This is going to make me sound a little dumb, but I figured I'd risk it in order to get input from the smart nurses here, particularly those with doctorates and research experience.
I work in a very specialized clinical area, which has little in the way of publications (esp by nurses), no clinical guidelines, even little consensus in the field as to the best way to do things. I have a TON of ideas for papers or projects, but although I am interested and motivated, I don't really know how to start or who to access for help.
For example, to start I would like to evaluate our current practices and outcomes so that we can benchmark where we are initially. Then I would like to implement an intervention, and assess the effect of it afterwards. Both from a results/quantitative point of view, and from a more holistic nursing/patient point of view I feel there are limitless research opportunities.
I have taken graduate-level research and statistics classes, so I am familiar with things on a surface level, but I don't really know how to get started. Just start writing a proposal for the IRB? Talk to some of our physicians? I don't want this to become one of their projects that they give a fellow or med student to write up..! Find a nurse researcher at my school that can provide guidance?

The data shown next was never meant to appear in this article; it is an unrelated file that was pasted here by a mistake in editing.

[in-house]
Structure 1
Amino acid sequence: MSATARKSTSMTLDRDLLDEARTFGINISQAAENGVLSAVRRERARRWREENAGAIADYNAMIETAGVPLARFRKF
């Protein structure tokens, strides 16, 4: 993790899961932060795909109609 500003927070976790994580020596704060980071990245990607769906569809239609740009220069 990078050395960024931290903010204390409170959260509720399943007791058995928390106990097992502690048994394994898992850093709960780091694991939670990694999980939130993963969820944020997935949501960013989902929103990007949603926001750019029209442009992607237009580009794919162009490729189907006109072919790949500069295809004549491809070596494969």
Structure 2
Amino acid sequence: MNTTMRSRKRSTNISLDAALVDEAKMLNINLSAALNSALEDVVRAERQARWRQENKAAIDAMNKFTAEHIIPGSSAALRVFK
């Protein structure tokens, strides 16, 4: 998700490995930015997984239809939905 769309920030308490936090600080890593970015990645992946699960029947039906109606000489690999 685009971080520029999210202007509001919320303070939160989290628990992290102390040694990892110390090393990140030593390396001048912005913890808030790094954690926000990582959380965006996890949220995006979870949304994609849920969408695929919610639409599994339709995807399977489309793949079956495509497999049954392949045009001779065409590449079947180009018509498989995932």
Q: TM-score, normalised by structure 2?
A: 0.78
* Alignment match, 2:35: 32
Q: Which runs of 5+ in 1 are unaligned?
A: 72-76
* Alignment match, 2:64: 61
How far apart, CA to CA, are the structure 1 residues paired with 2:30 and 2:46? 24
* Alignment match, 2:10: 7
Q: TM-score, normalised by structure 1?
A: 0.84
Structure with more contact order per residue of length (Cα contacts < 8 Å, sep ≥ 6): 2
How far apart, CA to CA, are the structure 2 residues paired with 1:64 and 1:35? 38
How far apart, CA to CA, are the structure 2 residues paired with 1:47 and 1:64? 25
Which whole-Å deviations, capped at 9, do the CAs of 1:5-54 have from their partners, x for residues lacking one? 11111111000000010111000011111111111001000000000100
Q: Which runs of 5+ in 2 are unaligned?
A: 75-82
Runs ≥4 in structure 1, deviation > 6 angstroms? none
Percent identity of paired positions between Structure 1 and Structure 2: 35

I am interested in a PhD at some point, but I feel confused as to whether I would be doing the degree to LEARN to be a researcher, or whether I would be expected to go into it knowing how to do research.
Ugh sorry - rambling now! Any input appreciated.
Apr 28, '11
by llg, BSN, MSN, PhD
There are a couple of things you can do to get started while you have your MSN.
1. Identify some people in your area who might be resources for you. Does your facility have a research and/or evidence-based practice committee? Are there people in your facility currently doing research and/or evidence-based practice projects? What about people doing quality monitoring, etc.?
2. Identify some current needs of your department. Do they have a need for the development of some new policies, procedures, patient teaching materials, etc.? You could take on one of those projects and turn it into an evidence-based practice project. The application of research in the clinical area combined with the evaluation of that intervention is a valuable contribution to the nursing nursing base -- and can be published, presented as a poster at a conference, etc. It's often a great way to get your feet wet in the whole research/EBP arena.
3. Is there a local Sigma Theta Tau chapter you could join? That would help you network with local nurse researchers who might be good resources for you.
4. Upgrade a current project -- e.g. formalize a needs assessment by using a survey, gather some data as to the quality of care your unit provides and then use that as a baseline "pre" measurement as you work on quality improvements, etc. In other words, start small with the types of activities and topics that are a regular part of your work. Do not dive into the deep end of the pool by trying to do a major research project as your first step. Ease into it with smaller projects that help you learn the ropes.
Last edit by llg on May 1, '11